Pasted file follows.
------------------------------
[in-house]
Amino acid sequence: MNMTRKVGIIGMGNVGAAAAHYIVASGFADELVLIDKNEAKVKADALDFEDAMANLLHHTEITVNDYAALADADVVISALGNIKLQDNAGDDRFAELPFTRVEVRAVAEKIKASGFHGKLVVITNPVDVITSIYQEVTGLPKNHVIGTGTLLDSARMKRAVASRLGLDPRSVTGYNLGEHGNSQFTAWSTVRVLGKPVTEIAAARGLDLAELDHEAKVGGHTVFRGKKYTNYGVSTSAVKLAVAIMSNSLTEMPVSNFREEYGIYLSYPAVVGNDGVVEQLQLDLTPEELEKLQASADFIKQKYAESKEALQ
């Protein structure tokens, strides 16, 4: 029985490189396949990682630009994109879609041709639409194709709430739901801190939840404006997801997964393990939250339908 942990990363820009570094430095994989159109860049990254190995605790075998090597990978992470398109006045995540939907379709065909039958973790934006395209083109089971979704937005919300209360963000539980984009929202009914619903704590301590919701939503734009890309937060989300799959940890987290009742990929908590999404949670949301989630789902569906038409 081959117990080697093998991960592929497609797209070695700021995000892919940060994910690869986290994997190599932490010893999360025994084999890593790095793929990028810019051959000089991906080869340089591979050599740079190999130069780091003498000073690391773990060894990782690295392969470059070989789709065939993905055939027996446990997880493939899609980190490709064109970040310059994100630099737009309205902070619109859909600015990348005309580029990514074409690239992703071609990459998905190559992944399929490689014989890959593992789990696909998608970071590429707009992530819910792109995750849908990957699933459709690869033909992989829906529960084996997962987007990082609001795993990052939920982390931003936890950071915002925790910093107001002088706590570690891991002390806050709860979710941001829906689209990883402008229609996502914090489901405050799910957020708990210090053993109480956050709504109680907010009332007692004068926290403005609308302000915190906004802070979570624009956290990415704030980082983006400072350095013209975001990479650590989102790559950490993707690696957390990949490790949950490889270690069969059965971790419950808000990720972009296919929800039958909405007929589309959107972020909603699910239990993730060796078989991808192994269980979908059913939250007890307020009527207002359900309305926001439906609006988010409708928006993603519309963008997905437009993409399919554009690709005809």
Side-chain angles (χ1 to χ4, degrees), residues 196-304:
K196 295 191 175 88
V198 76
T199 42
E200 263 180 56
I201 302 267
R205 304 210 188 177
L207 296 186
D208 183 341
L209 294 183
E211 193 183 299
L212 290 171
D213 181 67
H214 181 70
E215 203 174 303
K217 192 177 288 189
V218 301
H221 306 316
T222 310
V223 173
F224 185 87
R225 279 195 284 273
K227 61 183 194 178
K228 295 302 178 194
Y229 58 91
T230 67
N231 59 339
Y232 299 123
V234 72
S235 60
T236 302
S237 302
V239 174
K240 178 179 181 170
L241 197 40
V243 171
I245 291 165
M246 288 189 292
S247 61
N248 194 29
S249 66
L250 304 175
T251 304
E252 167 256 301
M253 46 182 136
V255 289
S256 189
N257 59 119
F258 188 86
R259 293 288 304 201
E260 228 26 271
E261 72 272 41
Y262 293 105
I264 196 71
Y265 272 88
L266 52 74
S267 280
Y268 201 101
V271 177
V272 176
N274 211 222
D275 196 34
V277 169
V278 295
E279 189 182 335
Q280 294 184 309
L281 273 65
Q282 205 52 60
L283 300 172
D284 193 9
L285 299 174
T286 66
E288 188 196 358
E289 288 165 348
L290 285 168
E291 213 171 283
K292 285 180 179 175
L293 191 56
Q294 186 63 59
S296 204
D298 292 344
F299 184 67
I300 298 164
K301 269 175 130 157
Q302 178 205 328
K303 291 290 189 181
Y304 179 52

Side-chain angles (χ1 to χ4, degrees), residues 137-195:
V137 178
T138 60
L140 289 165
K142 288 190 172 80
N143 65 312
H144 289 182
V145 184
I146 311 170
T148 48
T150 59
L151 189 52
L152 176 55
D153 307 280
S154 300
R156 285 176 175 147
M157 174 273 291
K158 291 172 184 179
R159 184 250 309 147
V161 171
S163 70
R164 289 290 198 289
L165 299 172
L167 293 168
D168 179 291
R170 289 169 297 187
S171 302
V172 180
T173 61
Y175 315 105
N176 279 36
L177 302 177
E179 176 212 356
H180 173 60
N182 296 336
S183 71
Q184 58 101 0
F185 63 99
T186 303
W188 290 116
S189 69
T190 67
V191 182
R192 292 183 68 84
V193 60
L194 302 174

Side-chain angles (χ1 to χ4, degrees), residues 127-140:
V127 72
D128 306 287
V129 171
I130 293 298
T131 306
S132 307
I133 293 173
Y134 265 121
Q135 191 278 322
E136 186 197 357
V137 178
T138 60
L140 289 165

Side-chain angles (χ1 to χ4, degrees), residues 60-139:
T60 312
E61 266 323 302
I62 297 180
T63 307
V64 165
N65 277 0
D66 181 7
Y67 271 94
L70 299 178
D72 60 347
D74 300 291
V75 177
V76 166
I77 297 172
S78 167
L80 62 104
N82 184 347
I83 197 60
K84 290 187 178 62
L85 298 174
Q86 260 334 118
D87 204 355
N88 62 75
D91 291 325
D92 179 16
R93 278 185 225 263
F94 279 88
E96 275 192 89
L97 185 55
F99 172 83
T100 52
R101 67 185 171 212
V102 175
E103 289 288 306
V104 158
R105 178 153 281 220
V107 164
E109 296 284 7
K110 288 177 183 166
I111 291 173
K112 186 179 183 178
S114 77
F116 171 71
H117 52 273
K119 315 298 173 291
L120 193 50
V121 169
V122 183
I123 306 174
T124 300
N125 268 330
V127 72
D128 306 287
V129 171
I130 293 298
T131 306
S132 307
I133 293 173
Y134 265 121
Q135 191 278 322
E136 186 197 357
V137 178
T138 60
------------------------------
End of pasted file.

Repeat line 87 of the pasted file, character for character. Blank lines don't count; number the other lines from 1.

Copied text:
K301 269 175 130 157